George Clooney, a Taiwanese Braveheart, and the mystery of Valentino’s tan
31 Aug 2011
Where I meet George Clooney again, love his new film The Ides of March and wonder about another Gold Lion-competitor about a Taiwanese Braveheart-type of guy, who decapitates his victims with a machete flying through the air. Where fashion icon Valentino’s misterously caramel-coloured tan causes gossip, as he holds court on the terrace of the Excelsior, and I am, finally, promised my interview with Madonna.
I have to learn to stop blushing when adressing George Clooney at the press conferences. That will be an imperative. Next year, that is, because for now the damage is done. We have both been regulars for at least five years at the prestigous Italian film festival on the Venice Lido, but this year I am not so much smitten with Clooney’s abilities to wear a grey suit and – even more, of course – to spellbind a difficult crowd with his trademark charm, and his relaxed attitude to fame. And this is while others, such as his friend Brad Pitt, have been left almost petrified faced with the demands of what was supposed to be the cream of international press, but who at times morph into scary masses hungry for fresh celebrity. As when the Coen Brothers presented Burn after reading, calling it the third film in their trilogy of idiots, and a Spanish tv-journalist asked Brad Pitt run after her, and an Italian guy dropped his pants and declared Clooney his love. While other journalists demanded news on the then newborn Pitt-Jolie twins. And thus involuntarily confirmed the Coens’ theory that we live in en era of idiocy
No, this year, at the 68th Mostra Internazionale del Cinema di Venezia, George Clooney exceeds him self by joining the league of extraordinary American filmmakers. Featuring Ryan Gosling as Stephen, the odd idealist in politics, and a quickly rising press secretary of a governor, running to be the Democratic presidential candidate, The Ides of March depicts the mechanisms of politics, claiming that you if you want access to power, you leave your integrity at the door.
When facing a delicate dilemma regarding his loyality, Ryan Gosling’s Stephen hesitates a milisecond too long and before he knows it, he is on the route to moral decay. Accompanied by Philip Seymour Hoffman and Paul Giamatti as rival press officers and the Hollywood-newcomer, starlet Evan Rachel Wood as the far too innocent 20 year old intern, this is an intriguing and well-written moral fable, that has a great – and I mean great – deal in common with masterful Tv show The Wire. Clooney himself has balls big enough to play the Democratic presidential candidate, who in Stephen’s opinion is going to change the face of America, but who soon dissapoints by being far more flawed than his obnoxious opponent in the race for the Democratic presidential candidacy.
”I have been wanting to make this film for 4-5 years, but then Obama was elected, and the atmosphere was too positive. Now is the perfevt time, I think, when cynicism rules above idealism. Think abouyt this: We have the smartest most well-meaning guy in office right now and it is impossible for him to do his job,” said Clooney, who with The Ides of March, in my, opionion joins the league of extraorinarys American directors.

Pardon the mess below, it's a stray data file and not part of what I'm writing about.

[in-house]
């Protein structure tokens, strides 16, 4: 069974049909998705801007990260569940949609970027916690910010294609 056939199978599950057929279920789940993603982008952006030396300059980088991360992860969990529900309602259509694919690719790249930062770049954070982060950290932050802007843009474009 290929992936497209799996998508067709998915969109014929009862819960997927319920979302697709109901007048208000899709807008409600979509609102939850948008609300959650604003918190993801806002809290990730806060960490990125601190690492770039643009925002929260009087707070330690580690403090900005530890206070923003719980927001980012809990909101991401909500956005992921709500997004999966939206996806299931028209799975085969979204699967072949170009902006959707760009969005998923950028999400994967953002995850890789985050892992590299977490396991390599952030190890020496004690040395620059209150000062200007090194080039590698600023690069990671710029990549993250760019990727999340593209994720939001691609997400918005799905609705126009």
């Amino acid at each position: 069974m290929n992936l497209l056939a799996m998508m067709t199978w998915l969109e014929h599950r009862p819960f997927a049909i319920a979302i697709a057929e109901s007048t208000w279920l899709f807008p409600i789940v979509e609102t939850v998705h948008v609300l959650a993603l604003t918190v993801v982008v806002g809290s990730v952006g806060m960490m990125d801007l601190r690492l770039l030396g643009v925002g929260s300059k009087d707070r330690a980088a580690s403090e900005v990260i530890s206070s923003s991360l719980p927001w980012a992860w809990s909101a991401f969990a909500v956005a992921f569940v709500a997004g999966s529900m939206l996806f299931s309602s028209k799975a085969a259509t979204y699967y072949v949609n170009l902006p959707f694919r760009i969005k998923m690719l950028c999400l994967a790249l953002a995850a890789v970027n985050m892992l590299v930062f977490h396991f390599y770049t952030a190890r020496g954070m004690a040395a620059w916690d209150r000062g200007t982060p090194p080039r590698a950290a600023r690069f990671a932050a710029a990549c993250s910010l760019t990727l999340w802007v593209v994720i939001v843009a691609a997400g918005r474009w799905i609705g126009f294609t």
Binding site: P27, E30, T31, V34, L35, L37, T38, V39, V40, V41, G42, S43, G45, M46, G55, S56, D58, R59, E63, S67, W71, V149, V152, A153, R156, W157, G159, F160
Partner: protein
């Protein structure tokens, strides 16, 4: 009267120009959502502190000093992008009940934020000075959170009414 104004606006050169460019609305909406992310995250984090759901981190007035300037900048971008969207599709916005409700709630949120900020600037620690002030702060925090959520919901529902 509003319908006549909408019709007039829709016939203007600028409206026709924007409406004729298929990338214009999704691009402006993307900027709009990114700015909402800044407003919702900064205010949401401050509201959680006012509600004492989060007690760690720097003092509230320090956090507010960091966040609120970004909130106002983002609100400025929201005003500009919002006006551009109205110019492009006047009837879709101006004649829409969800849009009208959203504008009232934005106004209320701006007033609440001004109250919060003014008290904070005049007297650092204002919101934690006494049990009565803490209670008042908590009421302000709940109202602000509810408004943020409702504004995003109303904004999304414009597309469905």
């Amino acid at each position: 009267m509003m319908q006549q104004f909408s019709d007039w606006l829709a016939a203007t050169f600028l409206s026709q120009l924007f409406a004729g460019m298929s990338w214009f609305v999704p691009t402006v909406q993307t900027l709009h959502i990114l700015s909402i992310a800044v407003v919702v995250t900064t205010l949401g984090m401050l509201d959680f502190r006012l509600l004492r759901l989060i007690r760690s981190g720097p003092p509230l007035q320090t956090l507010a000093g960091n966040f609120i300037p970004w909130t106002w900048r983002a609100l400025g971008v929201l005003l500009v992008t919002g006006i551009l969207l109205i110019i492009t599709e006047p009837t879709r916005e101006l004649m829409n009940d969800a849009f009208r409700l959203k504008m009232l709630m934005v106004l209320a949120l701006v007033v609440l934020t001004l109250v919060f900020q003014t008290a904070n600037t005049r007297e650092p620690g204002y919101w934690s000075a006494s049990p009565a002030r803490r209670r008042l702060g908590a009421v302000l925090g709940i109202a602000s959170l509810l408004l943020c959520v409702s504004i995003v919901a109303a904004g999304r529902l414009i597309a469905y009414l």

Maybe that’s why he was serious at the conference, not needing his usual wisecracks – about from his favourite remark – ”We have time for one more question!” after five of the conference’s 30 minutes which always leaves himself and the audience giggling.
After a series of years, where it seemed the Venice Film fetsival, the worlds oldest, by the way, was struggling for it’s life, it seems that the headline of local newspaper Il Gazzettino was actually prophezing when today it stated:
”Clooney ignites the film festival!”
But, whether Clooney has a shot at the main prize remains to be seen, because in the following days we will be spoiled with world premieres by star directors like Roman Polanski and David Cronenberg. Plus younger auteurs such as British Andrea Arnold, who made the masterly Fish Tank, and who appears to have been given Emily Brontes Wuthering Heights an angry art house makeover and Swedish Thomas Alfredson, dirtector of the vampire comedy Let the Right One In has given new blood to another sort of classic John Le Carré’s spy novel Tinker, Tailor, Solder, Spy.
No competition will come from the late night screening on the first day on the festival, I bet, after having been introduced to Seediq Bale – Warriors of the Rainbow, an epic saga about Taiwanese riot against the Japanese intruders, which I think, is more suited for the History Channel. An extremely violent film about a Taiwanese Braveheart-type of character, who decapitates his enemies with a machete while flying through the air. In slowmotion.
Nevertheless, there is no reason to despair. The lineup this year has Cannes growing pale and the international press in large numbers. Over the next ten days we will be fed 66 world premieres, among them Madonnas directorial debut about King Edward the VII and the affair with Wallis Simpson, that made him hand over the British throne to Colin Firth. Sorry to the Prince of Wales.
Half-baked by the sun on the terrace of five star hotel Excelsior today I finally got my confirmation for an interview with Madonna, after an initial mistake with the nominations. I didn’t so much mind the wait, particularly since it gave me the opportunity to further scrutinize the colour of Valentino’s tan. Something which is so mysteriously caramel, that I had a hard time to focus, when doing an interview with him on the Lido a few years ago, when Matt Tyrnauer’s documentary about him came out. It seemed like it amused his court of long legged models as well, at least they were laughing at everything the Italian fashion legend, who invented Valentino-red was saying to them.
Could it be the color of extreme wealth? Or could it be a spray tan?
I’ll keep you posted.